Thursday, November 30, 2006
I worked two days of 'per diem' at my old job this week. The first day wasn't too bad, just had one intubated patient, fairly smooth going. The second day sucked ass, and the unit was crazy as well, but I was kind of glad. It was a nice reminder as to why I left, and that I made the right decision for myself. And so as to not interrupt my two-year stretch of not letting my patients die on my shift, I left at 3:30 when my shift ended although the patient's withdrawal of life support was going to start within the hour. Also, kudos to Dr W, who was the most direct that I've heard any doctor be with family on our unit. "Your wife is going to die. If we allow things to continue as they are now, she will die within the week. Probably closer to 48 hrs. Maybe sooner. Her disease has already made that decision for her. But you have the decision to make about how she will die." Sounds harsh, but he somehow conveyed the utmost compassion, empathy, and wisdom in that statement. And, cancer scores again.
Today I went into work then found out I wasn't supposed to be there. Oops. My surprise day off was lovely though, I managed a trip to Target and two naps.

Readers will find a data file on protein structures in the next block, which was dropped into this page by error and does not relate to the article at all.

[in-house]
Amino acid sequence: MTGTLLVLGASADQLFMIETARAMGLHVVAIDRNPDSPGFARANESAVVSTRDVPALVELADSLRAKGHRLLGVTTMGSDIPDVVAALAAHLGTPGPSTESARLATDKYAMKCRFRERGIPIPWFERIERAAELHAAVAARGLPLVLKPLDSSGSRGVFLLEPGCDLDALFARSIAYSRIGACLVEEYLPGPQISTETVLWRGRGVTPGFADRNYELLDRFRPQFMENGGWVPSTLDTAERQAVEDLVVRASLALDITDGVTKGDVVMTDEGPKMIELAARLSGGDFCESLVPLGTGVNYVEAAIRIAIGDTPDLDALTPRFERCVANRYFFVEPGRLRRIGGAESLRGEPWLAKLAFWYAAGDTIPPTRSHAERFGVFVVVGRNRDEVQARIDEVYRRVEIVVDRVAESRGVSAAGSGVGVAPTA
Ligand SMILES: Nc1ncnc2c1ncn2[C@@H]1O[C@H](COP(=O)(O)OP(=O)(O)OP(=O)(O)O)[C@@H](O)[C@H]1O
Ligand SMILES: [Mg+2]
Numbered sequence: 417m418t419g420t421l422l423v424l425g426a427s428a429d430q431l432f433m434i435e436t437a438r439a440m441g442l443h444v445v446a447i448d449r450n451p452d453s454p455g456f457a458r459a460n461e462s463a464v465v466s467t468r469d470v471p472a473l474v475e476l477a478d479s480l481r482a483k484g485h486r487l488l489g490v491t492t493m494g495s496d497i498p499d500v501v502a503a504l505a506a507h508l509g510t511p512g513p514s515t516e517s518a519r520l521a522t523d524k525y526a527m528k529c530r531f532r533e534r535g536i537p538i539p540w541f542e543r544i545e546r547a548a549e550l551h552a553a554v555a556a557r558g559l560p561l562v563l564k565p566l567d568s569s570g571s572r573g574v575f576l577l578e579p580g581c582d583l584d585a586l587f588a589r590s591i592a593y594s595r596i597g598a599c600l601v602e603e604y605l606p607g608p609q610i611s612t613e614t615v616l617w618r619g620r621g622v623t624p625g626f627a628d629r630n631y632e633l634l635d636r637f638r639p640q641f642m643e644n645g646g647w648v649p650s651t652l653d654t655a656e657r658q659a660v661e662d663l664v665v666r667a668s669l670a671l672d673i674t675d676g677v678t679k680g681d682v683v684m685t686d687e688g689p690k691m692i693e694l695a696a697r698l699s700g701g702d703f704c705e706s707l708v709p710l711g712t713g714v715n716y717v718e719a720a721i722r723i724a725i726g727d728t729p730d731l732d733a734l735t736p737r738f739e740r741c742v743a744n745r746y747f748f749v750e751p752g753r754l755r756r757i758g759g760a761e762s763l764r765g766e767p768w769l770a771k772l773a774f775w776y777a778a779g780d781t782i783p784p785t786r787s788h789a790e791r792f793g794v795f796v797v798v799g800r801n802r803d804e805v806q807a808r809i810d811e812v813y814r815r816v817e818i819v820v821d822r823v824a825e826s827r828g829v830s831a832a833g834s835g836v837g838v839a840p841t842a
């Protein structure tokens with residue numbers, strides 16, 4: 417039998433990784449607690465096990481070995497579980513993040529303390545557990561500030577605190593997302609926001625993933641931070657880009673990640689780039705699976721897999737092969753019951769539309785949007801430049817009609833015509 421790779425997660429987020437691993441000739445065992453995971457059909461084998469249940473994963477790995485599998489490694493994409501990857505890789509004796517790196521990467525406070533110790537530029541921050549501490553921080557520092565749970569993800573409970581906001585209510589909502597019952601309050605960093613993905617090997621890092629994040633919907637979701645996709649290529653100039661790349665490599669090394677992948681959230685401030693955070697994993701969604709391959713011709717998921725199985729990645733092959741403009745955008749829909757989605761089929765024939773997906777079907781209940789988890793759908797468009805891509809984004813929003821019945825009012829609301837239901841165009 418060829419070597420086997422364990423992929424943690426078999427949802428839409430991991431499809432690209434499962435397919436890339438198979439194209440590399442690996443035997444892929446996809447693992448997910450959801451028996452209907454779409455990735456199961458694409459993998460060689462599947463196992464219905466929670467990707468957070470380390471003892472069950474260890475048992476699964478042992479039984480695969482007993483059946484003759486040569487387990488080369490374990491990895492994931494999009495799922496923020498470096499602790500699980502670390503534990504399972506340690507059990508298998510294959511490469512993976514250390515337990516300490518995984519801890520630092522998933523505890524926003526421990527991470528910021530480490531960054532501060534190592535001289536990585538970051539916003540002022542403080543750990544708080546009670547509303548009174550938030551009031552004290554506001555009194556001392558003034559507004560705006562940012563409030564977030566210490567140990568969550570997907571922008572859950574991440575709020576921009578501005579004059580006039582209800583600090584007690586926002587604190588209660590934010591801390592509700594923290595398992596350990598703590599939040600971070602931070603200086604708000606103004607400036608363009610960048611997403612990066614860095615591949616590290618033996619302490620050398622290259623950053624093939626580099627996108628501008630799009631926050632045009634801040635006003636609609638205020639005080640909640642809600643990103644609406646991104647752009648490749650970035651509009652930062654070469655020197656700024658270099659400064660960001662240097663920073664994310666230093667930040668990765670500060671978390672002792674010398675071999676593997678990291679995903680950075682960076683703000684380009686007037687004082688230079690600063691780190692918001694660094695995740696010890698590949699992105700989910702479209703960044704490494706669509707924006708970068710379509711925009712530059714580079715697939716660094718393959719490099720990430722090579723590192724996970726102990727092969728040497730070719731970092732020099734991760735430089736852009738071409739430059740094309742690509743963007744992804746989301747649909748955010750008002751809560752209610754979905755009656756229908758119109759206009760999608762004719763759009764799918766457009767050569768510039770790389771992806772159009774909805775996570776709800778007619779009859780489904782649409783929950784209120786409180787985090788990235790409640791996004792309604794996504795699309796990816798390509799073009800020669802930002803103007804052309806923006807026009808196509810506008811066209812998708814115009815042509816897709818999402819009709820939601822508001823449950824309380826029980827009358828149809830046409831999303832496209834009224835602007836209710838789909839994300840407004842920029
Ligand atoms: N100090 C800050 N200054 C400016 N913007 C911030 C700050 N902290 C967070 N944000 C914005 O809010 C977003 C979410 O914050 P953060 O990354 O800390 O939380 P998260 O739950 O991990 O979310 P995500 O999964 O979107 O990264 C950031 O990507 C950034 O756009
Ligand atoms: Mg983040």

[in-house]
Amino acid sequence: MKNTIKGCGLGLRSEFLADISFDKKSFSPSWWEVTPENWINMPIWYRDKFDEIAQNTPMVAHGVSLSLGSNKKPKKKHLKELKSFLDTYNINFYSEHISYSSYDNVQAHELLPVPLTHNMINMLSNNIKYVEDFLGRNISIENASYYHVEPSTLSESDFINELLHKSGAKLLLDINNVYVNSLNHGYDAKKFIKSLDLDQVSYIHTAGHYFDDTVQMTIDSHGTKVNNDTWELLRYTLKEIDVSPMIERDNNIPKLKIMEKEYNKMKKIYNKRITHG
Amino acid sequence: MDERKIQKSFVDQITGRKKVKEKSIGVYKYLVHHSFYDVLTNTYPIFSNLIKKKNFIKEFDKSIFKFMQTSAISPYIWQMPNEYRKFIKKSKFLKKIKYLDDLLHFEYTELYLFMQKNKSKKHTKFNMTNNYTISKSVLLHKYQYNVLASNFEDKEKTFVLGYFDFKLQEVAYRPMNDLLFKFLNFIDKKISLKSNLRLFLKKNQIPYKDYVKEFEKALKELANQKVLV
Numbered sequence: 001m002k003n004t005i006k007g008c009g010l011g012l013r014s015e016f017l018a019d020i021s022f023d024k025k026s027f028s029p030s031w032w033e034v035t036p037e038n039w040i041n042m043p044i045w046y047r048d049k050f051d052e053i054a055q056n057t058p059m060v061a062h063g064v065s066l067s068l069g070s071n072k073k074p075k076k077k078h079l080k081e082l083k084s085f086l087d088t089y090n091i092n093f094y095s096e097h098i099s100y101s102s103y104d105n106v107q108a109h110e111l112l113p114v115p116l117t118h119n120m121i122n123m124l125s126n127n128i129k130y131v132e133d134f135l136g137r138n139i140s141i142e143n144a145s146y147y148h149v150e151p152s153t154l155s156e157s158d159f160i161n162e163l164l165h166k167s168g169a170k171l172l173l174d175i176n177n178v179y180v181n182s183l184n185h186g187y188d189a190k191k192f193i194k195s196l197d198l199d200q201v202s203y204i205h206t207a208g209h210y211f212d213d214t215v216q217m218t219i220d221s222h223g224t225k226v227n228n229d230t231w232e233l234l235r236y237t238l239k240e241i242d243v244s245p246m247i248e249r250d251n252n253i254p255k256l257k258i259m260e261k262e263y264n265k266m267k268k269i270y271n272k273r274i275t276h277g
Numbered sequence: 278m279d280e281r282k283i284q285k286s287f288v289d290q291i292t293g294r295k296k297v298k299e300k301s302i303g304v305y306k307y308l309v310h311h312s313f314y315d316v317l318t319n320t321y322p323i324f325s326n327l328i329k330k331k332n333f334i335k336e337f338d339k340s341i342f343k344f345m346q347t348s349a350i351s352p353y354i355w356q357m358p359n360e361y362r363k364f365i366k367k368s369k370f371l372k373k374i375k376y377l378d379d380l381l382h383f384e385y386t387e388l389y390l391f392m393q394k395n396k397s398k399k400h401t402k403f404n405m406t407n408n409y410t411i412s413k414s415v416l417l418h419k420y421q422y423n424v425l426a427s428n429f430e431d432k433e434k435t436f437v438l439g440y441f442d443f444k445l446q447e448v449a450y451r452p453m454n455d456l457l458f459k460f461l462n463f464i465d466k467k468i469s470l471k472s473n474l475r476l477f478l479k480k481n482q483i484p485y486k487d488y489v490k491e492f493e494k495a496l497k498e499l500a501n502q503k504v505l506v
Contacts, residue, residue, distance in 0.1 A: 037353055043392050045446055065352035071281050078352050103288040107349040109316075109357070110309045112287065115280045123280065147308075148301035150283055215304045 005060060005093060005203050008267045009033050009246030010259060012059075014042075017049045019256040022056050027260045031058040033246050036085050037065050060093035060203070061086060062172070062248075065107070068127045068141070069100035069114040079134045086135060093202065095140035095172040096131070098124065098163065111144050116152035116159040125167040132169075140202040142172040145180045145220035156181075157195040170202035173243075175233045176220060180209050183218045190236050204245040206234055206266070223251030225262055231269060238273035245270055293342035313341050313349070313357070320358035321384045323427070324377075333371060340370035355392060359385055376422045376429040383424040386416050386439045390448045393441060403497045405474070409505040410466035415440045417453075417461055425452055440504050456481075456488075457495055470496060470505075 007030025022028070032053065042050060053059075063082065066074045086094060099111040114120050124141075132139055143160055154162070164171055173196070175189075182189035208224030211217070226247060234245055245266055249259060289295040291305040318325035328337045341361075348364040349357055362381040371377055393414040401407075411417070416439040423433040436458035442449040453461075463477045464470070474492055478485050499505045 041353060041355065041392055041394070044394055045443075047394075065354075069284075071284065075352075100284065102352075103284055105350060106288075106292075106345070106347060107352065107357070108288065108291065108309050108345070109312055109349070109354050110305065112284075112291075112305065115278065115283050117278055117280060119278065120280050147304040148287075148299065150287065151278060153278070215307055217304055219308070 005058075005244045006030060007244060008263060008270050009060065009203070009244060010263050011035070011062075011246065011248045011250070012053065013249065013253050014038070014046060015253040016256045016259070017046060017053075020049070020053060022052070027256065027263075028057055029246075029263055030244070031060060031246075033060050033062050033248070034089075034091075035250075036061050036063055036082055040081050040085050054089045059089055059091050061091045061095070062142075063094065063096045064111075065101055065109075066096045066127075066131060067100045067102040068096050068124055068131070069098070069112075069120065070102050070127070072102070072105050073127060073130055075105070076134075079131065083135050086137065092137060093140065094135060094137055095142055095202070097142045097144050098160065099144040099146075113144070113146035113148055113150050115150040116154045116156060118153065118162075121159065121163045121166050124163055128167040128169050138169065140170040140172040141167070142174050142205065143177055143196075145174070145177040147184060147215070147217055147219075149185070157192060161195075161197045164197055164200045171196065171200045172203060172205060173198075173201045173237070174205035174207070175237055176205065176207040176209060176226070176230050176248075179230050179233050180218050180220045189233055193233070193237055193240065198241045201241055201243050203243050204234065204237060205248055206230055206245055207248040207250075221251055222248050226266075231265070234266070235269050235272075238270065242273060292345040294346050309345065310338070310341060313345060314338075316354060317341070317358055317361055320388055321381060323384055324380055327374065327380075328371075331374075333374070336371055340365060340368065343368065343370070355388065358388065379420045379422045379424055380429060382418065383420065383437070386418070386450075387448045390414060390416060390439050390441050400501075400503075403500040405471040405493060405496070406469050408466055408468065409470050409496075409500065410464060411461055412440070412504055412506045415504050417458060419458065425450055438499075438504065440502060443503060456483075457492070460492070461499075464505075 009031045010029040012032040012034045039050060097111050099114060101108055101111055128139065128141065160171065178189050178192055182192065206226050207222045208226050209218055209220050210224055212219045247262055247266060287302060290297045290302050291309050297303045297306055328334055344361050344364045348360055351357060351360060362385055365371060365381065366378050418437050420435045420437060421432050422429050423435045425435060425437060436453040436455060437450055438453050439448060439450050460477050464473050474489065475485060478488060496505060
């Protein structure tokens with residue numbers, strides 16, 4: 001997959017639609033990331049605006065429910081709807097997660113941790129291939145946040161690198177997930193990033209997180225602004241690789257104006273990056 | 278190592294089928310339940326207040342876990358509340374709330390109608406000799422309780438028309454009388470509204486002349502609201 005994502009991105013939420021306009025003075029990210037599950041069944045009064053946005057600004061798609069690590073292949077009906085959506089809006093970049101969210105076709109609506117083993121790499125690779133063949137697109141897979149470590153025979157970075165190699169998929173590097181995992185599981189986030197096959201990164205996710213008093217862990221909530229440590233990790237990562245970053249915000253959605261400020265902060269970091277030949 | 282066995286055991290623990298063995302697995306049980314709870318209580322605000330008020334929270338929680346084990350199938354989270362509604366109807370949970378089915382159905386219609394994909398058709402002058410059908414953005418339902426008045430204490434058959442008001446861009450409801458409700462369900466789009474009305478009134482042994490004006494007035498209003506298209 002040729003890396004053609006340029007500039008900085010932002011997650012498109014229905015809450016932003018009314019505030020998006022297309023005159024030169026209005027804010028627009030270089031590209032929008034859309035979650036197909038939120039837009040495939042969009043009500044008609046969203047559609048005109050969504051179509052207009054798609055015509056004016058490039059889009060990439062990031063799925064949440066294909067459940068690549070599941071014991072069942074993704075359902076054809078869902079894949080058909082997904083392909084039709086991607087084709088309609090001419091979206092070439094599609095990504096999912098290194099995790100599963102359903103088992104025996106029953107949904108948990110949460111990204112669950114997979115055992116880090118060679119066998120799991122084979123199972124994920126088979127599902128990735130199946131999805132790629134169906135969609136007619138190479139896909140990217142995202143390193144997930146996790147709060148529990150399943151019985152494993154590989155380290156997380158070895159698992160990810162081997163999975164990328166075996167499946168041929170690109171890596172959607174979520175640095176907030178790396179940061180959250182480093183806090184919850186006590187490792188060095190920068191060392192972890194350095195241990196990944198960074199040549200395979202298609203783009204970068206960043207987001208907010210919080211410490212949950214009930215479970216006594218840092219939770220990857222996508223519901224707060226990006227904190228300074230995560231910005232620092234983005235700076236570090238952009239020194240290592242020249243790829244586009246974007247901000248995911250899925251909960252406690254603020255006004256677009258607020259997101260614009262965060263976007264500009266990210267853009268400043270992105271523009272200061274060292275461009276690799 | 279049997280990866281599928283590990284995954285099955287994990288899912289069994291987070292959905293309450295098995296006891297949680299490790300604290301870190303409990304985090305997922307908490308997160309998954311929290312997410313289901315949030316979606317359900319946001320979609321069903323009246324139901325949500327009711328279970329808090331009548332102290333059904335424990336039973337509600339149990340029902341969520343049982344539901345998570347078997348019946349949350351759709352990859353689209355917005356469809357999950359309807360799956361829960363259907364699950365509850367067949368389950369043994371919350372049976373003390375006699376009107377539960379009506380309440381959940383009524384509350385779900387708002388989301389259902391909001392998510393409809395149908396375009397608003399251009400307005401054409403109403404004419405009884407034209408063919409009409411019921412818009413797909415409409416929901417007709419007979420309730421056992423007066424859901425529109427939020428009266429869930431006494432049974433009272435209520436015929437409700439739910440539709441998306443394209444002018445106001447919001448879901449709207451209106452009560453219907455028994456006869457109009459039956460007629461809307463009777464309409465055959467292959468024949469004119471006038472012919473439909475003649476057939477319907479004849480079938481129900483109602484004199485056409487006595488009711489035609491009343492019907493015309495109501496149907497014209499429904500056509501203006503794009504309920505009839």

Sunday, November 26, 2006
Wednesday, November 22, 2006
I used to work at a place I affectionately and bitterly called the "Last Chance Motel." Because it was. People came there for the last-ditch treatment option, after failing several other treatments. They are supposedly aware of the risks of the treatment, but are willing to risk it in order to buy themselves a few months or even years of more time with their loved ones. Or they come because they just can't "give up" or they are incurably optimistic or only believe that complications and side effects happen to other people. Whatever their reasons, they showed up, bald, smiling bravely, with sad worried eyes. Anyway, I always felt a cloud of resignation hanging over my head, over everything we did. It sounds horrible, but when every one of my patients had the same outcome, regardless of what we did, how hard we fought, it's hard not to get resigned to it. When a blood culture came back positive for gram negative rods, we sighed our collective sigh, our shoulders drooped, and we reflexively ordered the appropriate antibiotics. In the back of my head I would think that I wasn't surprised, it was only a matter of time, and wondered if this would be the straw that would help our patient to the inevitable end just a little bit faster. Because it was the Last Chance Motel. We tried really hard, and we kept hoping, believing that sometime, some patient has to be the one who makes it. But really, we were waiting for the families to realize what we all already knew.